Sorry that we don't just nail it. No harm done as your wipermoter gets this TLC.

I think we must chase this ground connection you must have to make it park. As earlier mentioned the motor need a Ground to stop instantly. This ground shortens the motor and electrically put an indefinite load on the motor, which makes it stop right there (long explaination).

Don't you think we must find whether this fault is inside the wipermotor or elsewhere? Are you able to find another one for just this test?
 

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Discussion Starter · #28 ·
Hi Robertt

Sorry that we don't just nail it. No harm done as your wipermoter gets this TLC.

I think we must chase this ground connection you must have to make it park. As earlier mentioned the motor need a Ground to stop instantly. This ground shortens the motor and electrically put an indefinite load on the motor, which makes it stop right there (long explaination).

Don't you think we must find whether this fault is inside the wipermotor or elsewhere? Are you able to find another one for just this test?
Hi Stratos, I could buy a used wiper motor for approximately €30. Another thought of me was to check the pins of the connector with a multimeter to check if the problem is in the motor or in one of the elements of steering column. Is that possible?
 

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Discussion Starter · #29 ·
Hi Stratos, I could buy a used wiper motor for approximately €30. Another thought of me was to check the pins of the connector with a multimeter to check if the problem is in the motor or in one of the elements of steering column. Is that possible?
just did some checks with the multimeter:

  • connector pin 4 (ground): multimeter on ohm setting, one probe on connector 4 and one probe on the negative pole of the battery. there was a good ground.
  • multimeter on volt setting to test the voltage of the connector pins at different settings of the steeringcollumn switch unit.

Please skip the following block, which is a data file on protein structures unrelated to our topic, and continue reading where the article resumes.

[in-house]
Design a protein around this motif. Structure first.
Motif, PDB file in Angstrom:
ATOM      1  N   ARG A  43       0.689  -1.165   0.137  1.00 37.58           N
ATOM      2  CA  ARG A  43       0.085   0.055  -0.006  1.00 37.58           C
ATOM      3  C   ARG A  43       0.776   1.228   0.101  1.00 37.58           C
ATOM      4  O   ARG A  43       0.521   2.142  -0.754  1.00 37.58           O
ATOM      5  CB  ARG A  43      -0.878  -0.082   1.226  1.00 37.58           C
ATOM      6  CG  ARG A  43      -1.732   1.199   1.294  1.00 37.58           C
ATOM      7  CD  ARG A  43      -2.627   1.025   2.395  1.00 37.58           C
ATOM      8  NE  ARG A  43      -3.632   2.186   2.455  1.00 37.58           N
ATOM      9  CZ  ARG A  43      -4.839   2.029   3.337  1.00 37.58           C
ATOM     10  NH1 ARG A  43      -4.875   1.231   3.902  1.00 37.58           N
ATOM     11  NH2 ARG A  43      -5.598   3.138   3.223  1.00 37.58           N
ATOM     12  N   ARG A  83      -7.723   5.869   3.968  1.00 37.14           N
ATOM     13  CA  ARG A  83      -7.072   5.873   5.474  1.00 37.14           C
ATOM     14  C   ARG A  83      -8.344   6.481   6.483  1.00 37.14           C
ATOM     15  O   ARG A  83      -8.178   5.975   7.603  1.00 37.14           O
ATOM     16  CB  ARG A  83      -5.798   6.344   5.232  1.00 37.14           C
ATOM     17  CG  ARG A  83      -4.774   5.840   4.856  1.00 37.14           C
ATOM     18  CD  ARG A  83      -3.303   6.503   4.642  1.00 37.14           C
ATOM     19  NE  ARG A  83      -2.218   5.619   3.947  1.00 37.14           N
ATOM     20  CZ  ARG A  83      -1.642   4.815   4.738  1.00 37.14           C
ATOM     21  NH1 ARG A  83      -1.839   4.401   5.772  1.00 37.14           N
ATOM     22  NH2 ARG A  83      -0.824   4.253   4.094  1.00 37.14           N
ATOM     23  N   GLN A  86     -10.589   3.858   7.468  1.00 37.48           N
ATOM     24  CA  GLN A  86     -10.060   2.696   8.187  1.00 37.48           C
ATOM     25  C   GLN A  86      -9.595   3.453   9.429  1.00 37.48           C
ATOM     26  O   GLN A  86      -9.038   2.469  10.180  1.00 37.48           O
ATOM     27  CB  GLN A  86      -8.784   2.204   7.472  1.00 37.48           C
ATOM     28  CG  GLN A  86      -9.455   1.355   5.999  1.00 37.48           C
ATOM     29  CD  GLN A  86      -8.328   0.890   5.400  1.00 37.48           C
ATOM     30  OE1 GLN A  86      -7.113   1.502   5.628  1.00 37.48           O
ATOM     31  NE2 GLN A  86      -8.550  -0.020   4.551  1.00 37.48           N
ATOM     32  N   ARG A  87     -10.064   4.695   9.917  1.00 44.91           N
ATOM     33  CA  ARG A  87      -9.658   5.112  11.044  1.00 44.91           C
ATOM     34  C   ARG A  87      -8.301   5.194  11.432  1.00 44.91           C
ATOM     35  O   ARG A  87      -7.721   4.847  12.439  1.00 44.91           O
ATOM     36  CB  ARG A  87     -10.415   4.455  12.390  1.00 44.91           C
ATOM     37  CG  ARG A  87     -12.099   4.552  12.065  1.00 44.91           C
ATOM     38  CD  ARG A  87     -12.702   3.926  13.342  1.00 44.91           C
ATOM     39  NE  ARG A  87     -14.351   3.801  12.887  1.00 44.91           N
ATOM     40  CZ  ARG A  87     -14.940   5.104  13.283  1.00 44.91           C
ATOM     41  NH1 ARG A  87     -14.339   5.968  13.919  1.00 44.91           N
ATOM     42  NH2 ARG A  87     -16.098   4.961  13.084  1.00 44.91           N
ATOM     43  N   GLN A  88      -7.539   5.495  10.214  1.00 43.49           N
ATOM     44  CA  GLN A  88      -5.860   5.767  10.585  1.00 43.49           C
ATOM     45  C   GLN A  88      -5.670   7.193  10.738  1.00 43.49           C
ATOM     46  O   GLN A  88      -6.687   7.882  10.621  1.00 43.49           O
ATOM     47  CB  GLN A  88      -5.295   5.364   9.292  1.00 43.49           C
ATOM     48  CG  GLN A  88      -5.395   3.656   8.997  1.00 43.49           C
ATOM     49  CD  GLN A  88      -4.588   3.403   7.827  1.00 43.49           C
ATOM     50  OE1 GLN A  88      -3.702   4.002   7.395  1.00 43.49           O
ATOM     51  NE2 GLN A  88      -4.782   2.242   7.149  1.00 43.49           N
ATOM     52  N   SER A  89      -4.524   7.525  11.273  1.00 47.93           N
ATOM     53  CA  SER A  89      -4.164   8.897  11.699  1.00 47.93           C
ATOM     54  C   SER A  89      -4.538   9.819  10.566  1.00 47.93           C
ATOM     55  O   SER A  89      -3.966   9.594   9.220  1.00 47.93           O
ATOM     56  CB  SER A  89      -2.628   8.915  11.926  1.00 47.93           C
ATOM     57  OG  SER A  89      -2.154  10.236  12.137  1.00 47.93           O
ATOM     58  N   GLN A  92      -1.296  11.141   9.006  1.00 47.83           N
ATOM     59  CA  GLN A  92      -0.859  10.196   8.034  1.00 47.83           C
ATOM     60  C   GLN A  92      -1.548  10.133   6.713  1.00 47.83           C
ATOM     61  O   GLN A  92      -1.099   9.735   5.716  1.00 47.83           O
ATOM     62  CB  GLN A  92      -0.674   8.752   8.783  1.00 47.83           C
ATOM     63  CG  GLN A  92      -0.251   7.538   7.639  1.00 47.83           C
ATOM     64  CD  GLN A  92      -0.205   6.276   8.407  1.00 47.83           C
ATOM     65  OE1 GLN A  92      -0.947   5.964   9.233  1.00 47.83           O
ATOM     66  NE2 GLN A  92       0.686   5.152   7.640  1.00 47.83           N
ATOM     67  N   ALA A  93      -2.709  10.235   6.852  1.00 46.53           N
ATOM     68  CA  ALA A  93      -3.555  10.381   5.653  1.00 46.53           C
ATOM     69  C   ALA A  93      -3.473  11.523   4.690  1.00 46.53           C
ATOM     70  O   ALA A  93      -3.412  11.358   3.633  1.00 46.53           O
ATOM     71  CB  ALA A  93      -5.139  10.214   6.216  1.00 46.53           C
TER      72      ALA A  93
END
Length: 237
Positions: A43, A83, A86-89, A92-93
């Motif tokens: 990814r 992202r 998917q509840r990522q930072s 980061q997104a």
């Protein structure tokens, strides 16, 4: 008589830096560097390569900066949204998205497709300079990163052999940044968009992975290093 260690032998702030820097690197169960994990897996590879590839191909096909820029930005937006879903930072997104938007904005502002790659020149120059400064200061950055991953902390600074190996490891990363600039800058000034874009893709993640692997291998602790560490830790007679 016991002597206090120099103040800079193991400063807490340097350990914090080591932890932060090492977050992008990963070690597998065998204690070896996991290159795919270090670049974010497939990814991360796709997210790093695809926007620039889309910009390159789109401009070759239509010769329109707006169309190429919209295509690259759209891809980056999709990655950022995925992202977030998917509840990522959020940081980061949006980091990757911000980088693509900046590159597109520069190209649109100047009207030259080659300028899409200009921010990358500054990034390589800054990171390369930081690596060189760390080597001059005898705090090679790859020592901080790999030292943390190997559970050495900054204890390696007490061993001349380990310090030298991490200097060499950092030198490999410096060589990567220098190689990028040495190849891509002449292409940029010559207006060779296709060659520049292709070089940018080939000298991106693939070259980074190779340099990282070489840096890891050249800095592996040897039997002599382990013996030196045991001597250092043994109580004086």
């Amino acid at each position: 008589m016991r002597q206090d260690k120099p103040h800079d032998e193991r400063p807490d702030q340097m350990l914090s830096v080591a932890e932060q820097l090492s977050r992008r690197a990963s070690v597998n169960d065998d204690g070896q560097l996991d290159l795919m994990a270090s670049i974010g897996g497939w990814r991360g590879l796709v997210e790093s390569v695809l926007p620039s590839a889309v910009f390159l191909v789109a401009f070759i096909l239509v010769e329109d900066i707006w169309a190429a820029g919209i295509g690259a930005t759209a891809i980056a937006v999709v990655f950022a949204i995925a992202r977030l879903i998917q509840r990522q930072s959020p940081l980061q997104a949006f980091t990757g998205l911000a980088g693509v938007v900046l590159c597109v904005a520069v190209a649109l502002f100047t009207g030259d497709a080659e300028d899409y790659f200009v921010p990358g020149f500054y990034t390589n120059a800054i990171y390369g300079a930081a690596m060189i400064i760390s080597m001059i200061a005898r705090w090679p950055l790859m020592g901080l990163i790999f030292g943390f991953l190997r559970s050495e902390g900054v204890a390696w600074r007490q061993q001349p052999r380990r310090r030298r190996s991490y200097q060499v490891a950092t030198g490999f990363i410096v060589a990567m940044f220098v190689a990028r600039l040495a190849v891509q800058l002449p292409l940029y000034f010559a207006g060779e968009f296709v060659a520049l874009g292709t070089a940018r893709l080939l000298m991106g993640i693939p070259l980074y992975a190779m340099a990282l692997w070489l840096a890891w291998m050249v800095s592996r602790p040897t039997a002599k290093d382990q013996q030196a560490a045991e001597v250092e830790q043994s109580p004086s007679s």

Lowest position: pin 3 (12v) pin 2 (0v) pin 1(12v)
Al other positions: pin3 (12v), pin2 (12v), pin 1(ov)
 

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Discussion Starter · #30 ·
Update, just picked up a used wiper motor for €20. Thought it was worth the gamble. Unfortunately, also with the other motor the same problems occurred..
 

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Discussion Starter · #31 ·
Update: removed the steering column switch and checked its guts. All brass connections looked good, so I decided to buy a used steering column switch at a local car parts store. Installed it and now the wipers work as they should again.
Thanks for thinking along everybody👍
 

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Update: removed the steering column switch and checked its guts. All brass connections looked good, so I decided to buy a used steering column switch at a local car parts store. Installed it and now the wipers work as they should again.
Thanks for thinking along everybody👍
Great to hear that you solved the problem. I'm sorry that I guided you via the motor. This fault usually is caused by worn contacts here. Nevertheless I think this electrical ground string is the same, just located in the steering column.
I hope it works for you in rainy weather, but let's wait with that 😊